Each year, US doctors diagnose about 1200 malignant small intestine tumors. This
is a small number relative to the frequency of tumors in other parts of the GI
It has been proposed that the liquid nature of the small intestinal contents may
be less irritating to the mucosa, the innermost lining of the small bowel.
Rapid transit time in the small bowel may reduce exposure of the intestinal wall
agents found in the intestinal contents.
Other factors that might limit the presence or impact of potential
cancer-inducing agents include the following:
Adenocarcinoma of the small bowel is associated with the following underlying
Crohn disease - An inflammation in the small intestine.
usually occurs in the lower part of the small intestine, called the ileum. The
inflammation extends deep into the lining of the affected organ, causing pain
and making the intestines empty frequently, resulting in diarrhea.
Celiac disease - Gluten intolerance
Familial polyposis syndromes - An inherited
which the large bowel becomes carpeted by polyps of various dimensions during
the second or third decade of life. If untreated, the disease invariably leads
to cancer of the colon or rectum. Celecoxib (Celebrex) has been
Administration (FDA) approved for FAP. After 6 months, celecoxib reduced the
mean number of rectal and colon polyps by 28% compared to placebo (sugar pill)
Cancer is 50
times more common in the large bowel than in the small bowel. Risk factors in
the general population include the following:
Risk factors for developing cancer of the small intestine in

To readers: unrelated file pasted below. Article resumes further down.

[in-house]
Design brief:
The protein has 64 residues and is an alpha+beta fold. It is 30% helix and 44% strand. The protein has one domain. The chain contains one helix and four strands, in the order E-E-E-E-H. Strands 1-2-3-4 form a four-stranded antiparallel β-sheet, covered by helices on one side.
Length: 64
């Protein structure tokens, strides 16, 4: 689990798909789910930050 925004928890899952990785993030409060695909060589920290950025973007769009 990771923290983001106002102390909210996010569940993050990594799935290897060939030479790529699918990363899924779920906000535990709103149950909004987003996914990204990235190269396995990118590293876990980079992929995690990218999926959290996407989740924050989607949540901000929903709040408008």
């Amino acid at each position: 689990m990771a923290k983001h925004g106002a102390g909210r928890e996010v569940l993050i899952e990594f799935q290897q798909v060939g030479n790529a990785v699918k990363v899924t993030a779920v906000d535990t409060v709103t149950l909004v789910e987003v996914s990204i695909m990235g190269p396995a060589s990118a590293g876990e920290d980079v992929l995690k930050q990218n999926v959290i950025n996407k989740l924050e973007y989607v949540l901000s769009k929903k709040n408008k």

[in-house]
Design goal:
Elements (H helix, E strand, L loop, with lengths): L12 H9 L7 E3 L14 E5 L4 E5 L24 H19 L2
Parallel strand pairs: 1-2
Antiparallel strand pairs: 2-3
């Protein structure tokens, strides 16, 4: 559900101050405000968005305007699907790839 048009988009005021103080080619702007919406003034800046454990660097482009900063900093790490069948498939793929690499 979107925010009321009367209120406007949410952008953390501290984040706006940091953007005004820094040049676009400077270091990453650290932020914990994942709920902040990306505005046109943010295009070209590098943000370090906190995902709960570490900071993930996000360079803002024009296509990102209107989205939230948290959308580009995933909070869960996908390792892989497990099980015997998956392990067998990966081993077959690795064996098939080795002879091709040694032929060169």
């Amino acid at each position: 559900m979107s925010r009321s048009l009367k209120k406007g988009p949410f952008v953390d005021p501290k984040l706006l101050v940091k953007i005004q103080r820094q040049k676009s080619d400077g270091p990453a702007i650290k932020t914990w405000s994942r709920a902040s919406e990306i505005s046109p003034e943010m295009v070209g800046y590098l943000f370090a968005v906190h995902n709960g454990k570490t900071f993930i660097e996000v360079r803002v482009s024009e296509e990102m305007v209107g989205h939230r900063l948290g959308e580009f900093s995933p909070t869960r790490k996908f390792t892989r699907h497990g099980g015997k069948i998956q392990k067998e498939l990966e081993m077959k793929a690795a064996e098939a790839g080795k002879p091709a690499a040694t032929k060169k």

include the following:
Lymphoma of the small intestine is associated with celiac disease but is also
strongly associated with weakened immune systems such as occurs with
The association of small bowel
underlying conditions makes it possible to identify populations at risk and to
develop screening programs.
People with a family history of polyp syndromes, such as Peutz-Jeghers and
Gardner syndrome, may benefit from regular screening using upper GI tract barium
People with celiac disease are at higher risk of developing both adenocarcinoma
and lymphoma of the small bowel. They need to maintain a gluten-free diet.
People with celiac disease who also have new onset weight loss, diarrhea, or
abdominal pain need immediate medical attention, including possible CT scan of
the abdomen and barium study of the small bowel to rule out
People with Crohn disease and small bowel bypass procedures also require
-related adenocarcinoma frequently develops in the lower end of the small bowel,
making colonoscopy a potentially useful screening tool.
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